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Sunday, January 24, 2021

It’s Star Trek Week!

To boldly go to exactly the same place we’ve been going to for the past 55 years...


A few years back we were at Dragon*Con, where among other things they had a world’s record gathering of nearly 600 people in Star Trek costumes.

Six hundred people. That’s probably more people than ever had speaking parts in the original series, the spinoff series, and all the movies combined. Friends, this is the sine qua non of geekdom; the ultimate index of nerdiness. Star Trek is a thing that has made such an enormous dent in the zeitgeist that even its parodies have become cultural touchstones: Galaxy Quest or The Orville, anyone? Even the tiniest bits of business have become instantly recognizable signals. When Stan and Cartman show up wearing goatees in the “Spooky Fish” episode of South Park, you instantly know that they’re not our Stan and Cartman, but their dopplegängers from a mirror dimension, where Cartman is nice and Stan is a jerk.

Like it or loathe it, for better or worse, Star Trek has reshaped our culture.

So today I’d like to kick off Star Trek Week with a simple question: why is it that some science-fiction or fantasy-themed TV series develop devoted fan followings, while other more commercially successful series don’t?

It’s worth remembering that the original Star Trek series was a commercial flop that was canceled in its second season. Fan protests did a miraculous thing and convinced the network to rescind the cancellation and bring the show back for a third season—albeit with a much lower per-episode budget, which definitely shows in those Season 3 episodes—but it received the definitive stake in the heart at the end of the third season. Ratings-wise it was even beaten out by some Irwin Allen steaming pile of crap, though whether it was Lost in Space, The Time Tunnel, or Voyage to the Bottom of the Sea, I no longer remember nor care enough to research now. 

And yet, in the fifty years since the cancellation of the original series, Star Trek has become the focus of both an almost religious fan following and a multibillion-dollar multinational media industry.

This is not completely unique. Firefly, for example, lasted all of thirteen episodes and one movie, and yet today there are more Browncoats than ever, begging for another movie or a revived series.

But compare these to series such as—oh, Charmed. Beauty and the Beast. Buffy the Vampire Slayer. Babylon 5. Xena: Warrior Princess. The X-Files. Perhaps even Stargate. All of these were science-fiction or fantasy-themed series that had long and commercially successful runs. All of them had decently high or even better ratings while in first-run production, and strong fan followings while they were airing. At least a few of these should now make you scratch your head and think, “Oh yeah, there was a series with that name, wasn’t there?”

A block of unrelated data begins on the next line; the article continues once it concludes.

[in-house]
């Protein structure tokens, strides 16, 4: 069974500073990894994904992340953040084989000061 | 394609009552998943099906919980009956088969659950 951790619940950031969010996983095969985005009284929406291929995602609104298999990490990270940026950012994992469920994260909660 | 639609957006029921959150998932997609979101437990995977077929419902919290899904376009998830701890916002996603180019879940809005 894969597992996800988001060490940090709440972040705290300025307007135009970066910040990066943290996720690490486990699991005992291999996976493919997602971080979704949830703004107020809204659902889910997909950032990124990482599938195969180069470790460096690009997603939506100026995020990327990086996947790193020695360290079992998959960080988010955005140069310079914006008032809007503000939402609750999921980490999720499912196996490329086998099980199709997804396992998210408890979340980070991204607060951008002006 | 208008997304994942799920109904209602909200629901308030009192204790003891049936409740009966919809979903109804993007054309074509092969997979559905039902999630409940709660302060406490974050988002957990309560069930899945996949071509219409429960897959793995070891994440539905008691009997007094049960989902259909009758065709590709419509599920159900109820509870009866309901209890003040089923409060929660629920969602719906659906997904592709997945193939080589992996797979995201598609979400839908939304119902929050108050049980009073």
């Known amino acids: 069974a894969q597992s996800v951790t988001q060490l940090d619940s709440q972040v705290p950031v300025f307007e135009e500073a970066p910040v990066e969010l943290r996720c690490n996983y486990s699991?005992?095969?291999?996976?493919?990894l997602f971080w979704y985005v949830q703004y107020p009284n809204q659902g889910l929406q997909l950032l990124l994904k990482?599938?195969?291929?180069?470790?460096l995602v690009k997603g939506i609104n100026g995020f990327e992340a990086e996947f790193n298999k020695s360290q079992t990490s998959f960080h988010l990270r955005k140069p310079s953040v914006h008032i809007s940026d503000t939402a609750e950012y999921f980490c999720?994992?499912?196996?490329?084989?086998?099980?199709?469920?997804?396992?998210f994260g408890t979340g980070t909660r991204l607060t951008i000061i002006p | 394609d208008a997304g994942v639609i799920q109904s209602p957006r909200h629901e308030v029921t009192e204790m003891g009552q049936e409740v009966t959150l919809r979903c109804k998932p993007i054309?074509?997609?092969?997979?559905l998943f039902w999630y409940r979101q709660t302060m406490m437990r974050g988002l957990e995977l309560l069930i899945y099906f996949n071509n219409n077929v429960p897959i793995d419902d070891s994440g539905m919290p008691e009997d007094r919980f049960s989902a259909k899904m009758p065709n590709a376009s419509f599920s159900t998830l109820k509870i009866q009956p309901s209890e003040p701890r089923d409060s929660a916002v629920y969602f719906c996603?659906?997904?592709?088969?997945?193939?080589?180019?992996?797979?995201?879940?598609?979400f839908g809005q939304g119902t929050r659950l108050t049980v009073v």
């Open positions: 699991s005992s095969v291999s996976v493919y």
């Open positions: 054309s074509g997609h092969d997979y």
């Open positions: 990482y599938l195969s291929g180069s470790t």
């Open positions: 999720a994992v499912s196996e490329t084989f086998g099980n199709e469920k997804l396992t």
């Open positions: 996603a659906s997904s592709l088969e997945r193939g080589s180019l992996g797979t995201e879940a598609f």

So to reiterate today’s question: what is that mysterious je ne sais quoi that enables one series to develop a fan following so strong it lives on in the fans’ hearts and minds long after the original series has ended, while another series has its run and then fades from memory as if it was never there?

Your thoughts and comments?

—Bruce Bethke 


Pete Wood said...

Star Trek TOS was an oasis in a science fiction desert. In the 60s and 50s we had Star Trek, Land of the Giants, the Invaders, Captain Video, Voyage to the Bottom of the Sea and a couple of anthology shows- The Outer Limits and Twilight Zone. The 70s were even worse with Logan's Run, Sp[ace 1999, Fantastic Voyage and Battlestar Galactica.
Is it any wonder Star Trek stood out?
Star Trek had good acting, an optimistic view of the future, and characters you might actually want to hang out with. Wold anyone really want to grab a beer with anyone from an Irwin Allen series? I'll drink alone, thanks.
Plus Star Trek had adult plots written by honest to God giants of print science fiction.
I have no problem with the show having a cult following.
I do, however, grow tired of jaded producers who want to go back to the well one more time instead of digging a new well. There are a lot of great sources of science fiction out there that is being largely ignored in favor of reboots and h=rehashes of Star Trek and Star Wars.
That's a damned shame.

~brb said...

As opposed to steampunk, which keeps going back to the Wells.

~brb said...

Sorry. I've waited years for an opportunity to use that joke.

JVS said...

I wish I had time to really talk about the theme music to all of the Star Trek incarnations. The opening music to "Star Trek, Wrath of Kahn,' is considered the best by classical symphonic standards. The most recent, "Discovery," has a fabulous theme. It's wonderful to see LIVE musicians who have studied their craft and found work in the entertainment industry. People don't realize how much music is part of our everyday lives. Anyway, off my soapbox, here's the "Discovery" theme for your enjoyment.